In most States the open season for black bass is a long one, much longer than for brook trout. In general, the law protects the bass only during the spawning season which for a period of two months, all the rest of the year is open season. May and June are usually closed months, and at any other time the bass may be legally caught. But during the length of open season, the habits are favorable for bass fishing are not very long.
Undoubtedly the black bass is the most sought after of any American game fish. Compared to the number of fishermen, the annual catch is actually really small. That’s because not every person who yields a fishing rod is really a true angler!
Generally speaking, summer fishing for black bass isn’t very productive. That’s due to a number of causes, but mainly because at this time the fish are in very deep water. Especially August, is a very poor month. By day the lake or river lays quiet and glassy in the heat of the sun. And often the nights in the full of the moon are nearly day light. Because of this the bass seek the coolness in the deepest water and are distinctly off their feeding. Successful bass fishing under such conditions shouldn’t be expected. It is probably a fact that more bass fishing is done in August than in any other month. August is the generally accepted and duly accredited American vacation month. The summer bass fisherman that confines his fishing to the early morning hours, and again from sundown until dark, when the bass run into the shallows to some extent will sometimes have fairly good results. The bait caster, especially, fishing early and late, may have fair success. But a lot of bass fishing is done in the summer time which isn’t really the best time.
There are two periods in the year when bass fishing is at its best and neither of them is for a long period of time. With favorable weather, the first two or three weeks of the open season is when the bass are still in the shallow water. This is a very good time to take a bass fishing trip. Bait casting and fly fishing may then depend on making good catches of either large or small mouthed bass. The bait caster will make good strikes with either surface or sinking lures. The fly caster fishing in streams known to have a good bass fly fishing record should have no trouble in getting a satisfactory catch. As noted, this productive time is really short because the bass will soon be moving into deep water as true summer weather approaches. Then followed by 6 or 7 weeks when bass fishing is the worst and the vacation fisherman at his best. And then comes the best time of all the year for bass fishing, the first few weeks in the fall, while the weather still holds comparatively warm, but the water has grown somewhat cooler.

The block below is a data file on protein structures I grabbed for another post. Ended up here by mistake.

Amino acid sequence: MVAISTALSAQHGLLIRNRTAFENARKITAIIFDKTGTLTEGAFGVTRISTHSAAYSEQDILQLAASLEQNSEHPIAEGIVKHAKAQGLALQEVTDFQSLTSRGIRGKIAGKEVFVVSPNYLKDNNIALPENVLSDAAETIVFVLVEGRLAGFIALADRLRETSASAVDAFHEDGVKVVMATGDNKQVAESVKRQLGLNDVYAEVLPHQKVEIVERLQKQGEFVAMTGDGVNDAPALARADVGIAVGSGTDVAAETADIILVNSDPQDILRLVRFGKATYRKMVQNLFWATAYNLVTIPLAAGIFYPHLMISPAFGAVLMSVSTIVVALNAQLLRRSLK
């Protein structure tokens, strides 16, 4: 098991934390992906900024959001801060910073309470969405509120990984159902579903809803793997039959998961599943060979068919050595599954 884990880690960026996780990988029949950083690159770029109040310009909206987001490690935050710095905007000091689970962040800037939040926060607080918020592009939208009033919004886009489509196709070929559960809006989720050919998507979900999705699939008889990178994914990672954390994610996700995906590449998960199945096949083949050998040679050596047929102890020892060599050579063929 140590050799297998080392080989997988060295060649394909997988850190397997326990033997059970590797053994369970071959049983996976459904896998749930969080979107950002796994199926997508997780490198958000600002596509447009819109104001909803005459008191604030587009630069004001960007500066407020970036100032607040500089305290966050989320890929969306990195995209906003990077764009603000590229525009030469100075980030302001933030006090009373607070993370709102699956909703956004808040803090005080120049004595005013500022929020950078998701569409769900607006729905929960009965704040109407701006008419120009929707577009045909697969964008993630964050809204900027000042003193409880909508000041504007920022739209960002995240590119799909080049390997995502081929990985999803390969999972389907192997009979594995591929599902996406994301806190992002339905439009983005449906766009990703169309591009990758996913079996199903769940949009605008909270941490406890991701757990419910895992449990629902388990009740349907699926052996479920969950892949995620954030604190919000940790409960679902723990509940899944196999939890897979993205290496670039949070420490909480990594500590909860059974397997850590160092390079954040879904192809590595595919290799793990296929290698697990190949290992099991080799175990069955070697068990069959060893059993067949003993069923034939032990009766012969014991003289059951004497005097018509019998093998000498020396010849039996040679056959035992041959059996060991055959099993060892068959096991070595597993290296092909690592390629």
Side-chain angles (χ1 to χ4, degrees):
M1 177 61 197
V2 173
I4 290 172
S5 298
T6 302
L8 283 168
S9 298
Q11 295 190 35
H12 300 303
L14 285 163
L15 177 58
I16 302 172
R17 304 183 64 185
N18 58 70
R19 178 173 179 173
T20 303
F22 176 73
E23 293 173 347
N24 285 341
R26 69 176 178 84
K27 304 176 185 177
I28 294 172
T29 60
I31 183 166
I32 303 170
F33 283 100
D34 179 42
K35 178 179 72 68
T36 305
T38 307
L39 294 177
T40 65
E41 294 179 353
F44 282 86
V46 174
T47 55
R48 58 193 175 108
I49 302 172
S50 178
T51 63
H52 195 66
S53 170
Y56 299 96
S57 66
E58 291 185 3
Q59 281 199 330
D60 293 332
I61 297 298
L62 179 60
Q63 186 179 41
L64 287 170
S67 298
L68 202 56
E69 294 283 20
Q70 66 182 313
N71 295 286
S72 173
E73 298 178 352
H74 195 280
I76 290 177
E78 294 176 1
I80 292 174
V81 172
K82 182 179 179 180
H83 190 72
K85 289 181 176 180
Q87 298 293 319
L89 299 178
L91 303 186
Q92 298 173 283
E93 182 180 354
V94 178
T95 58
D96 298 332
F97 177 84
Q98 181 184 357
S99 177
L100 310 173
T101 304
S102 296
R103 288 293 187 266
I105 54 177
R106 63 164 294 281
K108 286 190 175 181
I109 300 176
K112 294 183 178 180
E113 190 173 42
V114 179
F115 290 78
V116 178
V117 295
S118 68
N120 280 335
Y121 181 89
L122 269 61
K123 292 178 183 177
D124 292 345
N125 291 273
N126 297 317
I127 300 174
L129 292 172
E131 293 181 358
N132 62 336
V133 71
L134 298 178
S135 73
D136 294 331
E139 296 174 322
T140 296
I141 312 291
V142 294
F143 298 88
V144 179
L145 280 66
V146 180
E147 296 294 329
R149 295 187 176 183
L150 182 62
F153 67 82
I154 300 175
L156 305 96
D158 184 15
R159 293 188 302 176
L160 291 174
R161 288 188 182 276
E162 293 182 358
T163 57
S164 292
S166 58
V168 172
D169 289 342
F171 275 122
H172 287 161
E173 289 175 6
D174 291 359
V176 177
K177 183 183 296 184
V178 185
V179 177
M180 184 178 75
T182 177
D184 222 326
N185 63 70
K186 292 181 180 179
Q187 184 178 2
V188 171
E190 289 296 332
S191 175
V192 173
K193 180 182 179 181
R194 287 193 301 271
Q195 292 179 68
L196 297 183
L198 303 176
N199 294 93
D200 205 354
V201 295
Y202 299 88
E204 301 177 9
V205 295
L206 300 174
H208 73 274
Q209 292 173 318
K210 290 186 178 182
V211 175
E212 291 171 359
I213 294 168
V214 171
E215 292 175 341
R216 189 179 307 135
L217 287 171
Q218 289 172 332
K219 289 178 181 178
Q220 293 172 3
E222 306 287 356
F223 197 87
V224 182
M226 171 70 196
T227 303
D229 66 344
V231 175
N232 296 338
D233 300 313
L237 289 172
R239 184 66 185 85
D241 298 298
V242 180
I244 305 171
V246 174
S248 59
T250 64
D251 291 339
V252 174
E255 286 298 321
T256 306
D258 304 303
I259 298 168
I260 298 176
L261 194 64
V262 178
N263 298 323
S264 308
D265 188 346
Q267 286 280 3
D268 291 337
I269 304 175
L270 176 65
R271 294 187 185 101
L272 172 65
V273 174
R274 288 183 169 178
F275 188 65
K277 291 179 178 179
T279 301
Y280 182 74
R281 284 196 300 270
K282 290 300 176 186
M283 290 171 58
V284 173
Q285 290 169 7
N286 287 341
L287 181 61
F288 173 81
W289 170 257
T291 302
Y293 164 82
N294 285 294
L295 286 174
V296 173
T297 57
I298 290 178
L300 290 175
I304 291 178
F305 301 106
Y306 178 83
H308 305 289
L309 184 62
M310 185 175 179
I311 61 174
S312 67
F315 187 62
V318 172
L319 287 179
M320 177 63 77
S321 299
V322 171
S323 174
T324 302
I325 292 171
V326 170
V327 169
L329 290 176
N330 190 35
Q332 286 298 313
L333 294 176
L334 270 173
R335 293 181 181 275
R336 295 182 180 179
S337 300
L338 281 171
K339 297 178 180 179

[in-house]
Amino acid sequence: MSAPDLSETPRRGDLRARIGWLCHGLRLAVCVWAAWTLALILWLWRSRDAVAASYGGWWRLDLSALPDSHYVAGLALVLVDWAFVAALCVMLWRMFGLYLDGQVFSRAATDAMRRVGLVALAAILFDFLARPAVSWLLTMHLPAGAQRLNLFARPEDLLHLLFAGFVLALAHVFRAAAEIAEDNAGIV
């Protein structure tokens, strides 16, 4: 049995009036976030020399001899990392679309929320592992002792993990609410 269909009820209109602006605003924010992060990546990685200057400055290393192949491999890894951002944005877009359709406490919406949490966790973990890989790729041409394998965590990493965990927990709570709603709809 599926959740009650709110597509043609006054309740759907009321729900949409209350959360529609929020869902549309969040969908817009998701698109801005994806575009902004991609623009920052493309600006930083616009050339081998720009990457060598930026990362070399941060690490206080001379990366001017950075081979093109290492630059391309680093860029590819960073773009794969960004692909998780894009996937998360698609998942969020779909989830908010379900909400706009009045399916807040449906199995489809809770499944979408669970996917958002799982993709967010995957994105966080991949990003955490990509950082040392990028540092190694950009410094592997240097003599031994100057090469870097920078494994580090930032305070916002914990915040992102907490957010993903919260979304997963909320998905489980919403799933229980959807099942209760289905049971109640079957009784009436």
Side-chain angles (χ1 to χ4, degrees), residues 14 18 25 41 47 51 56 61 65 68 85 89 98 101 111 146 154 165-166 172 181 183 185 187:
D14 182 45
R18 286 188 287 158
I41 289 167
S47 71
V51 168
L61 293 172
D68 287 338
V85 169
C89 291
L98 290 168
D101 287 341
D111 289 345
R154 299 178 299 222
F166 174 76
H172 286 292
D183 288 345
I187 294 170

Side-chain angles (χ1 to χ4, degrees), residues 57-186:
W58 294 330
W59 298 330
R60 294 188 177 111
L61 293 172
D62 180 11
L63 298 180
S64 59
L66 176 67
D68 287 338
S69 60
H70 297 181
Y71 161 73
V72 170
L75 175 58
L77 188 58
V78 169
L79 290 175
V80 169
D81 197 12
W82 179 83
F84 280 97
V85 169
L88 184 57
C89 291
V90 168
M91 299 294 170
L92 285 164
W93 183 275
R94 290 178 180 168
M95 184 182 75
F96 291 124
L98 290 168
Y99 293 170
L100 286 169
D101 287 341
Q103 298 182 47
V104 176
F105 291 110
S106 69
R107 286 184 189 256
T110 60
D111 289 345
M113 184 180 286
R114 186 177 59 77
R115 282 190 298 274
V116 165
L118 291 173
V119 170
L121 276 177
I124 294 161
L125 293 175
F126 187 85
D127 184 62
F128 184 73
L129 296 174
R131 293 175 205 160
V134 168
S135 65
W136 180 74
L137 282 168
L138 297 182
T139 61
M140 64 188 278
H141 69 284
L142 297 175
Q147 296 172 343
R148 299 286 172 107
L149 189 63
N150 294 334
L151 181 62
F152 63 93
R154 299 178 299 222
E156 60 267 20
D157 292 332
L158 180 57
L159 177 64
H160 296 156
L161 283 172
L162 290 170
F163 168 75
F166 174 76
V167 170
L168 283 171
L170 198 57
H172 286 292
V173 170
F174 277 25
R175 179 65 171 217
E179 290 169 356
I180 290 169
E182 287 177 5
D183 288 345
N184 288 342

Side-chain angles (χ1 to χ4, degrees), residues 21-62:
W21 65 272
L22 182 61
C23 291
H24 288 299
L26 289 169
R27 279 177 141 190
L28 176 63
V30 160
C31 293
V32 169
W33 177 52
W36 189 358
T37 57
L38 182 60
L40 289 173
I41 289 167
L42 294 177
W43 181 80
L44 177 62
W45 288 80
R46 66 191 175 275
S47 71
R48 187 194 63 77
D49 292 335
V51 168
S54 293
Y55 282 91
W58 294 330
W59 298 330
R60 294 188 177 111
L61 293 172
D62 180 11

At some time during the summer, the exact time differing with with where it’s at, every bass lake begins to “work” or “bloom”; that is, the underwater vegetation growing on the lake bottom has reached maturity and begins to throw off seeds. After a short time the water takes on a milky appearance and is almost opaque and filled with floating particles. Naturally at this time no fish are biting. Prior to this time also almost every lake becomes very weedy, the weeds eventually reaching the surface of the water along shore in the shallows and often coming within a foot or two of the surface in water from fifteen to twenty feet deep.
This makes the bass fishing rather more like raking hay than fishing and fishing at this time, especially bait or fly casting, is more liable to result in smashed tackle and lost tempers. However later in the season the lakes cease working, and the water clears. The weeds also die down considerably. With weather clear and just cool enough to be pleasant, the conditions generally prevailing in the early fall with the water also clear and sufficiently cool enough to bring the bass back into the shallows. It would seem that the first weeks of autumn are a pretty good time to go bass fishing.